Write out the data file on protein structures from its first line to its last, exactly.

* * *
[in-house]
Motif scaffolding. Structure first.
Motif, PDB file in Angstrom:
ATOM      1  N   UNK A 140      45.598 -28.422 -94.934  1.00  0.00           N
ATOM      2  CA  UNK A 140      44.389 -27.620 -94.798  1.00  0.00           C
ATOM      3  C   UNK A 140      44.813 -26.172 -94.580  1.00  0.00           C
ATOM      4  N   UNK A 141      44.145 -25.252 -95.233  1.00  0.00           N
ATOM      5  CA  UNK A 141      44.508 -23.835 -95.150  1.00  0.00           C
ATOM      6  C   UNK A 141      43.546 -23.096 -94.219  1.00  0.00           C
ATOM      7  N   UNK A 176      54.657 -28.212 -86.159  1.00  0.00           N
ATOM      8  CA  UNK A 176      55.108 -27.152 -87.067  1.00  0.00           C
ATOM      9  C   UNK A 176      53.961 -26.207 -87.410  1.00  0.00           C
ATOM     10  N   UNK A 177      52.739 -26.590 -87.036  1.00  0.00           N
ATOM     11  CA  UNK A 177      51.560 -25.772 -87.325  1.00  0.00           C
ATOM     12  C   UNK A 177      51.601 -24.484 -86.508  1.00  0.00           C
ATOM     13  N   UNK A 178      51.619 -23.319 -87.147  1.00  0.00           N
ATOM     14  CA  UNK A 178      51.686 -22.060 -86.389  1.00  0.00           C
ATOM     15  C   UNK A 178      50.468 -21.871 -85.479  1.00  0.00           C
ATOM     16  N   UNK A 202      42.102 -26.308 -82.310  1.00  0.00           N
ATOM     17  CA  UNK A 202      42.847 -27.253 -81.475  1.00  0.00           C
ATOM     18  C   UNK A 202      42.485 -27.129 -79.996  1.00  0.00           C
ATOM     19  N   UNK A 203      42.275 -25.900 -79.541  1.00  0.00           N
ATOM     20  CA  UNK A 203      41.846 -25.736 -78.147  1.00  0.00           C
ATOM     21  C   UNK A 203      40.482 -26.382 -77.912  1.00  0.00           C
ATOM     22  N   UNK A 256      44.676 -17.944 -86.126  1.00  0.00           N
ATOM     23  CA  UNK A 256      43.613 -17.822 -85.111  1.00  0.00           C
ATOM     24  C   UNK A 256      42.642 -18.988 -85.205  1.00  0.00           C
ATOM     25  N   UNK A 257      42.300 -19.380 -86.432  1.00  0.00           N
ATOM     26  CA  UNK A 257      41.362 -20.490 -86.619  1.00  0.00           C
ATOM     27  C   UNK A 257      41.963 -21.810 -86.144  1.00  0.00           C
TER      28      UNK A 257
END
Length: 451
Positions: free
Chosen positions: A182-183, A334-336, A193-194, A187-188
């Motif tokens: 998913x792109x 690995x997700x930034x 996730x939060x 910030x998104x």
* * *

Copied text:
[in-house]
Motif scaffolding. Structure first.
Motif, PDB file in Angstrom:
ATOM      1  N   UNK A 140      45.598 -28.422 -94.934  1.00  0.00           N
ATOM      2  CA  UNK A 140      44.389 -27.620 -94.798  1.00  0.00           C
ATOM      3  C   UNK A 140      44.813 -26.172 -94.580  1.00  0.00           C
ATOM      4  N   UNK A 141      44.145 -25.252 -95.233  1.00  0.00           N
ATOM      5  CA  UNK A 141      44.508 -23.835 -95.150  1.00  0.00           C
ATOM      6  C   UNK A 141      43.546 -23.096 -94.219  1.00  0.00           C
ATOM      7  N   UNK A 176      54.657 -28.212 -86.159  1.00  0.00           N
ATOM      8  CA  UNK A 176      55.108 -27.152 -87.067  1.00  0.00           C
ATOM      9  C   UNK A 176      53.961 -26.207 -87.410  1.00  0.00           C
ATOM     10  N   UNK A 177      52.739 -26.590 -87.036  1.00  0.00           N
ATOM     11  CA  UNK A 177      51.560 -25.772 -87.325  1.00  0.00           C
ATOM     12  C   UNK A 177      51.601 -24.484 -86.508  1.00  0.00           C
ATOM     13  N   UNK A 178      51.619 -23.319 -87.147  1.00  0.00           N
ATOM     14  CA  UNK A 178      51.686 -22.060 -86.389  1.00  0.00           C
ATOM     15  C   UNK A 178      50.468 -21.871 -85.479  1.00  0.00           C
ATOM     16  N   UNK A 202      42.102 -26.308 -82.310  1.00  0.00           N
ATOM     17  CA  UNK A 202      42.847 -27.253 -81.475  1.00  0.00           C
ATOM     18  C   UNK A 202      42.485 -27.129 -79.996  1.00  0.00           C
ATOM     19  N   UNK A 203      42.275 -25.900 -79.541  1.00  0.00           N
ATOM     20  CA  UNK A 203      41.846 -25.736 -78.147  1.00  0.00           C
ATOM     21  C   UNK A 203      40.482 -26.382 -77.912  1.00  0.00           C
ATOM     22  N   UNK A 256      44.676 -17.944 -86.126  1.00  0.00           N
ATOM     23  CA  UNK A 256      43.613 -17.822 -85.111  1.00  0.00           C
ATOM     24  C   UNK A 256      42.642 -18.988 -85.205  1.00  0.00           C
ATOM     25  N   UNK A 257      42.300 -19.380 -86.432  1.00  0.00           N
ATOM     26  CA  UNK A 257      41.362 -20.490 -86.619  1.00  0.00           C
ATOM     27  C   UNK A 257      41.963 -21.810 -86.144  1.00  0.00           C
TER      28      UNK A 257
END
Length: 451
Positions: free
Chosen positions: A182-183, A334-336, A193-194, A187-188
């Motif tokens: 998913x792109x 690995x997700x930034x 996730x939060x 910030x998104x």